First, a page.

The film puts the “I love you” that should have been said in Waterloo to the end. It seems that the director’s intention is to make Therese’s sudden change of heart, which originally refused to live together, more convincing. Because Therese refused, probably because she gave up on Carol before revenge. However, after hearing that Carol finally said that I love you, she began to be haunted and finally went to look for Carol. Hold your breath and stare at each other. It’s so beautiful.

2. About the film itself

    

Apart from the feelings for the original work, the deepest feeling is beauty when watching movies alone.

The soundtrack, tone and shooting technique all have a retro and simple atmosphere. The story is also primary and secondary, basically shooting two women. The rest, such as ex boyfriend, old lover, detective lawyer and daughter, are simplified to the extreme. Even Therese has not interacted with Carol’s daughter in the whole play.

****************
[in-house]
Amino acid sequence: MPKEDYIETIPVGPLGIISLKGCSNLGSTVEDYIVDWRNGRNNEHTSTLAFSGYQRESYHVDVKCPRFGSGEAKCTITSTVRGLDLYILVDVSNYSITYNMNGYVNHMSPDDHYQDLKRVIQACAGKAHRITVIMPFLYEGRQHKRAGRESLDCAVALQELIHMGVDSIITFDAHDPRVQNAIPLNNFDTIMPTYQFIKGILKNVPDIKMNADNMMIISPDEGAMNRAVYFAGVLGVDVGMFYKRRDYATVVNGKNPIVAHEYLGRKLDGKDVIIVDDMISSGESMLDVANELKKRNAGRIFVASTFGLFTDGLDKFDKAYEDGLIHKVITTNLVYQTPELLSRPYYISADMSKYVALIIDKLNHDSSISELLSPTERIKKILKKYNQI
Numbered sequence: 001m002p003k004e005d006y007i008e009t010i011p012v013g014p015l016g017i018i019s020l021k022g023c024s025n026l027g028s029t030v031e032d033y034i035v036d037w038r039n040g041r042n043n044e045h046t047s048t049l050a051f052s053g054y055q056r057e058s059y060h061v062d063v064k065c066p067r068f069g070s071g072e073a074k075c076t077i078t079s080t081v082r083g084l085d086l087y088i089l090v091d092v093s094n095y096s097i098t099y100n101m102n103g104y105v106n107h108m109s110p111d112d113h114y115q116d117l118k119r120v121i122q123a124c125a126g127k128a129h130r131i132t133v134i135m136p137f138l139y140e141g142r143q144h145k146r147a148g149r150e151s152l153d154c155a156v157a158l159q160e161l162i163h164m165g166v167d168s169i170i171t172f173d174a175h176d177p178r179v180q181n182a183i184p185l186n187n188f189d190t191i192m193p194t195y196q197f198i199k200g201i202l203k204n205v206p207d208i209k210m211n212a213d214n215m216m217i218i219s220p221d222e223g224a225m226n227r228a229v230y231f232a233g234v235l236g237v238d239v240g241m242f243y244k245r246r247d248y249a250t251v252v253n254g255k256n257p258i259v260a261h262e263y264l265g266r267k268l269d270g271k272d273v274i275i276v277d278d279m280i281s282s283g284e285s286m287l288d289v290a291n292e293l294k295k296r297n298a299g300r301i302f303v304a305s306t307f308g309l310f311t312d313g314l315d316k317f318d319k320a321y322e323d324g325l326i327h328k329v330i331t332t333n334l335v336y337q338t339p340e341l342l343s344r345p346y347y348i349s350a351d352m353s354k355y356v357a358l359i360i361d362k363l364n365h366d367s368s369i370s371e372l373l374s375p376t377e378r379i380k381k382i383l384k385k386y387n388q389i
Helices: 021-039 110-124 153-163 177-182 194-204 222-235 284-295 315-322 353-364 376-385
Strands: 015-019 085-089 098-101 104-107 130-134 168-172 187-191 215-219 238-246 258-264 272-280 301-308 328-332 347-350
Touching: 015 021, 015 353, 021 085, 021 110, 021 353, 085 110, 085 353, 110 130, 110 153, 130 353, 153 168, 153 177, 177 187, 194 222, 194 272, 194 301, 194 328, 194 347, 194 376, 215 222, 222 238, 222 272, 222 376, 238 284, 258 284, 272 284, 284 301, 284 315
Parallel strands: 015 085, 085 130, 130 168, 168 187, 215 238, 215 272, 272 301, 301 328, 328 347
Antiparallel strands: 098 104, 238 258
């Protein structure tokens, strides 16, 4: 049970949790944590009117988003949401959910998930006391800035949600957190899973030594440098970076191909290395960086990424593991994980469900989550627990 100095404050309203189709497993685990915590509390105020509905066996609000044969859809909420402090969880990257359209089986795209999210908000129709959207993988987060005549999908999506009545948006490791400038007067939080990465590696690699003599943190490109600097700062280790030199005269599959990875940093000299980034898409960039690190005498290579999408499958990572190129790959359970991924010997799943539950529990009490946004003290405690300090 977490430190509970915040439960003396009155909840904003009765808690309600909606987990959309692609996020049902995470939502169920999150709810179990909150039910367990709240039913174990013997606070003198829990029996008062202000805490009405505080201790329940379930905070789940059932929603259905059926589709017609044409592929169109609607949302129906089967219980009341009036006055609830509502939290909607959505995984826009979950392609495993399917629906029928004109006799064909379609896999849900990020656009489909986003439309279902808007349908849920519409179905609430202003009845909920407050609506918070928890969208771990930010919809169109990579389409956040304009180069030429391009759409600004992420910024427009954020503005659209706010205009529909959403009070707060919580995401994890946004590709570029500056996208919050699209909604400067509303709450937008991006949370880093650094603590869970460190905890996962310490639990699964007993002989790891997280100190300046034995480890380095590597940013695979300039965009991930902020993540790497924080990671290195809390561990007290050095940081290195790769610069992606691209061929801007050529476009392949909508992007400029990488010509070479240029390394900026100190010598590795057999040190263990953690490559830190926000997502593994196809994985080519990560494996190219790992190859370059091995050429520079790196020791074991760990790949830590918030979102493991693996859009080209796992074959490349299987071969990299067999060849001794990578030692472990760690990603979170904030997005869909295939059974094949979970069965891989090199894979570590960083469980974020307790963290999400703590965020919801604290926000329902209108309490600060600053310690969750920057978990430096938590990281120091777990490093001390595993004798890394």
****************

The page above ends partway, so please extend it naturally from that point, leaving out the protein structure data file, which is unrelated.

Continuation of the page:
What I look forward to most before watching a movie is the silent part. Because before Carol and Therese confess, there is little dialogue in the book. Basically, Carol is talking, while Therese is wandering, feeling and fantasizing about everything about Carol. During the interview, Rooney said that these silences are actually very important, so there are reservations in the film. Although there are few words, it is actually a turbulent undercurrent that promotes the relationship between the two people. So, I’ve been curious about how the film will deal with these silent scenes.

After reading it, I felt that the silence when Carol took Therese to her house for the first time was handled very beautifully. Directly cut Carol’s words and all other noises to the secondary track, as far away as from another world, and the main track is playing slow but happy music. The lens stays on Therese’s face looking out of the window, feeling the world again with a sweet smile.